Several advocacy groups, including the National Coalition Against Domestic Violence, offer statistics, resources, and support to domestic abuse victims and survivors. According to the NCADV, about 20,000 phone calls are made daily to domestic violence hotlines, and approximately 10 million people per year are physically abused by a partner. These staggering numbers are further proof that we must continue to champion harsher punishments for abusers, advocate stricter gun control, and take an active role in listening to victims and addressing their needs.
In the past year, America has seen a decrease in domestic violence reports from Latinas, but the reasons why are not encouraging. Experts believe that the ever-looming threat of deportation has kept many immigrants – particularly undocumented – from coming forward to report their abusive situations to authorities.
This is not an unfounded concern in the slightest.
President Trump has voiced, over and over, his plans of deporting the “bad hombres,” ending DACA and booting DREAMers from the States, and building a wall that American taxpayers will most definitely end up footing the bill for. Cities around the country have experienced drastic increases in hate crimes against people of color and Trump has refused to rebuke or take any type of disciplinary action against violent white nationalists.
It’s a horrifying time to be an undocumented immigrant in the U.S. For undocumented immigrants who are the targets of domestic violence, it’s even scarier.
Time reported that in a recent survey of over 700 legal professionals and advocates, 62 percent have seen an increase of questions about immigration and deportation from domestic violence survivors. Social workers and lawyers alike have given accounts of female undocumented immigrants who refuse to turn in their abusers, citing concerns about deportation, jail, and being separated from their children.
They worry that interacting with the police will lead to being investigated by Immigration and Customs Enforcement.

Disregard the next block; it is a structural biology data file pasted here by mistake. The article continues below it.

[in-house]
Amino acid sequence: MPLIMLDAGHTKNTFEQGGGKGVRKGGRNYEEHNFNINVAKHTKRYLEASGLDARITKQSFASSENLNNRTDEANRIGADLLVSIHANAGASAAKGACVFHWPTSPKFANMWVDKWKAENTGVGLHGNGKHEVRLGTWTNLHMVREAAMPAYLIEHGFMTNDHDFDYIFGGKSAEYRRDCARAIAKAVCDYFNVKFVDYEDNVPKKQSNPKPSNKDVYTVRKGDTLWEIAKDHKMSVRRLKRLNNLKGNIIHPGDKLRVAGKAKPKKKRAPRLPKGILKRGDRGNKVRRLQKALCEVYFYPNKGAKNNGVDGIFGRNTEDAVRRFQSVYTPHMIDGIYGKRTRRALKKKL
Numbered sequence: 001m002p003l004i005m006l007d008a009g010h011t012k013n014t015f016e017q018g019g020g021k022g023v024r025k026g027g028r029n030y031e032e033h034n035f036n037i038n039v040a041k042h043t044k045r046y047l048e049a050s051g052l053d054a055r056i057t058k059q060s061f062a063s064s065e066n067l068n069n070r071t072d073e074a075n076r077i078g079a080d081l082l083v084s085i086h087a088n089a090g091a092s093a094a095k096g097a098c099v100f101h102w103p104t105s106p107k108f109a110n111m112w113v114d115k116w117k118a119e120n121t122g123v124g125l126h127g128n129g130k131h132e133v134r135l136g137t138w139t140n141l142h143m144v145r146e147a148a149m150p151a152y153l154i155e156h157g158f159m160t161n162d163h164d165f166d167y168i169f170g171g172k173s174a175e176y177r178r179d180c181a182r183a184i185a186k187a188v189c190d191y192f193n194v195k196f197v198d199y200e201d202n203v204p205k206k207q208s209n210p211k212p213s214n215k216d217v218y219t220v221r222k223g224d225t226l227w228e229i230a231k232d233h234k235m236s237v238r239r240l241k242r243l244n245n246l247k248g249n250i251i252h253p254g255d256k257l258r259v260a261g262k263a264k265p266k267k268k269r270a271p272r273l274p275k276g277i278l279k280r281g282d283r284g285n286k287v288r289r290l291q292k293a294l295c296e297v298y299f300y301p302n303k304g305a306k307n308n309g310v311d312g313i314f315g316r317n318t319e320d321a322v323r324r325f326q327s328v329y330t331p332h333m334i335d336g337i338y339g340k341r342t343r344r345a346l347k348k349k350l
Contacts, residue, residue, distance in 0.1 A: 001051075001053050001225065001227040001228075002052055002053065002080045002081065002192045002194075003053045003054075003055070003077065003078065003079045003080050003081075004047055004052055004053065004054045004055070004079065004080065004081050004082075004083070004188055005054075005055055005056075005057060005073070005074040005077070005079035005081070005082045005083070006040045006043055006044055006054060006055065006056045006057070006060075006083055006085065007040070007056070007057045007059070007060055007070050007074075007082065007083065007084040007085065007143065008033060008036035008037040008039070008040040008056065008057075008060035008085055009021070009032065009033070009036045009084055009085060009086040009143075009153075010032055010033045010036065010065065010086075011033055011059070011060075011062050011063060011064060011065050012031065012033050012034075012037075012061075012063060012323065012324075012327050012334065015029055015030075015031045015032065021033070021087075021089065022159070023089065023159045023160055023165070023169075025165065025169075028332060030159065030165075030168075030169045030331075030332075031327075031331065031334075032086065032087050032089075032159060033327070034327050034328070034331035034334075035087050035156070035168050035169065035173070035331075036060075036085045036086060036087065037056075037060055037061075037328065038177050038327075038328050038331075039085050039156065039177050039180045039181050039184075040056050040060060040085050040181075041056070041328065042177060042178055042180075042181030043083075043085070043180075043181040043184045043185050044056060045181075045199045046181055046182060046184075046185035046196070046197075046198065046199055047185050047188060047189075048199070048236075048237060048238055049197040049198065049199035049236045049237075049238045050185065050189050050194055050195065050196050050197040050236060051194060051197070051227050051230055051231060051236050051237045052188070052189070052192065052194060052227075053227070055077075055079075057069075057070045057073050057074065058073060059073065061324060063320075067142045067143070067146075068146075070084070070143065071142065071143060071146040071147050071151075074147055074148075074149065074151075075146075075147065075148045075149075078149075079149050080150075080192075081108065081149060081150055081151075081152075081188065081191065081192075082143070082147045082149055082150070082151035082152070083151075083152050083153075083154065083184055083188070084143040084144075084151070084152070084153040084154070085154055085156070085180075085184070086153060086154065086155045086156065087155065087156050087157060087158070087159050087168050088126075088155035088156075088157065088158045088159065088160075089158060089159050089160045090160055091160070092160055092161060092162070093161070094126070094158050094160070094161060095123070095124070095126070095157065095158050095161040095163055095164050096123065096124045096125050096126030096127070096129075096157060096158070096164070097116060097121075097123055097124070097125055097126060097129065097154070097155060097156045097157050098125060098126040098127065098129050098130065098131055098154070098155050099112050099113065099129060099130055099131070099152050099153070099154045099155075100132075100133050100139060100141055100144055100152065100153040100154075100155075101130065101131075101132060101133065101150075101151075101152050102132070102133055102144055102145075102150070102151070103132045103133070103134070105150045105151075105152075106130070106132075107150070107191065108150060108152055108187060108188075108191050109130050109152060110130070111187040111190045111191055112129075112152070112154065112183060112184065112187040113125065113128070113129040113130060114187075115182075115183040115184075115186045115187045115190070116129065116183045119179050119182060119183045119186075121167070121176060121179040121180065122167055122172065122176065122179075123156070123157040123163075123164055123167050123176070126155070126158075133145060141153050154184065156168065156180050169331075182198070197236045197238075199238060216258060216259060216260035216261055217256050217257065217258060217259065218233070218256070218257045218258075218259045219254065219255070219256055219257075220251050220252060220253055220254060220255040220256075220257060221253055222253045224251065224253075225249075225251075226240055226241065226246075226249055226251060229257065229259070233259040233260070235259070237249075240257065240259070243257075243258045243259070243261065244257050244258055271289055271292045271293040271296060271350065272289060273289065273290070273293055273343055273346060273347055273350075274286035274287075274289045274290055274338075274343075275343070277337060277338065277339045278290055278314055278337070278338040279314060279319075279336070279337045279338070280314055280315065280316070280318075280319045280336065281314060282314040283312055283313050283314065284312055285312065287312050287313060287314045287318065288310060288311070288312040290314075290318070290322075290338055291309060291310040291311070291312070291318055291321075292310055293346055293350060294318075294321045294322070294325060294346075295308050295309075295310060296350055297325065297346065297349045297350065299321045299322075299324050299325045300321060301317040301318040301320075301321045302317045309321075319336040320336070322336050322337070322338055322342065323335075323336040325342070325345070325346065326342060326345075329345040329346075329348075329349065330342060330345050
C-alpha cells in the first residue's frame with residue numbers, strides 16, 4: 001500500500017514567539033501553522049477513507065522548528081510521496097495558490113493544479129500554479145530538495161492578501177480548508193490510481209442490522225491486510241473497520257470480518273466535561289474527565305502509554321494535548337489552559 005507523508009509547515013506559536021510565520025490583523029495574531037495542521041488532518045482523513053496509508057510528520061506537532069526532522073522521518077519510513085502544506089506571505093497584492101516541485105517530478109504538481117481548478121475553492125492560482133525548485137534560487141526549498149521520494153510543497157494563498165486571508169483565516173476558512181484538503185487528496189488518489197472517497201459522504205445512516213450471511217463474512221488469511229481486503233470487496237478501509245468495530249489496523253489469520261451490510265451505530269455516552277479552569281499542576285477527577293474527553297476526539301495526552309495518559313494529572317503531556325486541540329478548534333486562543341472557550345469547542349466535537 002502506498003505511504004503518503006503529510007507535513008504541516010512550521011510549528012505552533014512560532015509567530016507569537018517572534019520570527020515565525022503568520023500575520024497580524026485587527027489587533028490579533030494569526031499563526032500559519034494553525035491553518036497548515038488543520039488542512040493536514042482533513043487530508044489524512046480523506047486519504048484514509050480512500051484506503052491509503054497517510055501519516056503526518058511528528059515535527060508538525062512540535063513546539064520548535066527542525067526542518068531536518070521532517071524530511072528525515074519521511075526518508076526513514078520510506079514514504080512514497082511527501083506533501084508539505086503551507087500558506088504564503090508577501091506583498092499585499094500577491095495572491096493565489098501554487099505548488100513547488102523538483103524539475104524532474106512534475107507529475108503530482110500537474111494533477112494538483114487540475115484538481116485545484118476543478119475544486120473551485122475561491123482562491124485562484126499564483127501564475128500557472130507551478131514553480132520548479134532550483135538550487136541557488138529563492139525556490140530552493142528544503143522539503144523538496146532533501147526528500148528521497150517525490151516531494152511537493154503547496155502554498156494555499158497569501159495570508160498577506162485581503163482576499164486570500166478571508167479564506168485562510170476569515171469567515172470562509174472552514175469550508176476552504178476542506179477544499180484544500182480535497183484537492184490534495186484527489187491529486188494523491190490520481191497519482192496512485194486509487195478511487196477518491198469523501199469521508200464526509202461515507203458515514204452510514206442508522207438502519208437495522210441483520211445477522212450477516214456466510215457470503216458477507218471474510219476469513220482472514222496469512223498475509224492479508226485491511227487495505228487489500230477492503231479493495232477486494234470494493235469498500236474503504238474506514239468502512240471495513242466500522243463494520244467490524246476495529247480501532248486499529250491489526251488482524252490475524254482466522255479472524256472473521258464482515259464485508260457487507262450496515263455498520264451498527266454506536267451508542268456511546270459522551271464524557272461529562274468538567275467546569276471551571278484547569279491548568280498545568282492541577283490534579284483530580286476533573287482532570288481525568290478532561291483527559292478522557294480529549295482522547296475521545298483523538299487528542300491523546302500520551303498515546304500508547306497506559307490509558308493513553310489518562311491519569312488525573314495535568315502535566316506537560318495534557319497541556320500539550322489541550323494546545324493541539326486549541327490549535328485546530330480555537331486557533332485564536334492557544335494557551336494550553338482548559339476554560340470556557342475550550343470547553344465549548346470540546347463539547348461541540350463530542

Even filling out the proper paperwork needed for restraining orders at courthouses poses a threat because ICE is not barred from entering courthouses and arresting undocumented individuals. A potential arrest in the very building that is supposed to deliver justice and protection is enough to silence many women.
As a result, abusers continue to harm, threaten, and kill undocumented women almost unchecked.
The Trump administration and the general anti-immigrant political climate in America have stripped some of the last shreds of power from an already highly vulnerable, exploitable community. Domestic violence victims, much like sexual assault victims, are oftentimes not taken seriously or not given adequate protection from their abusive partners.
The legal system can be overwhelming and difficult for women who are U.S. citizens with full rights; it is absolutely harrowing for undocumented women because of the anxiety of deportation and breaking up of families that comes with entering law-enforcement spaces.
We must continue to raise awareness about domestic violence by holding perpetrators accountable and making sure victims feel (and are) safe when reporting incidents to the police, obtaining lawyers, calling hotlines, working with advocates, and living with their families. But we have to go farther and dispel the myth that domestic violence looks the same on every woman, in every community.
We have to remember there are many women who do not have a voice and feel powerless to seek help because of their immigration status.
We must fight for those women who are pushed to the margins, and thereby into silence because the fear of deportation is stronger than their faith in a justice system that has historically shown them little kindness.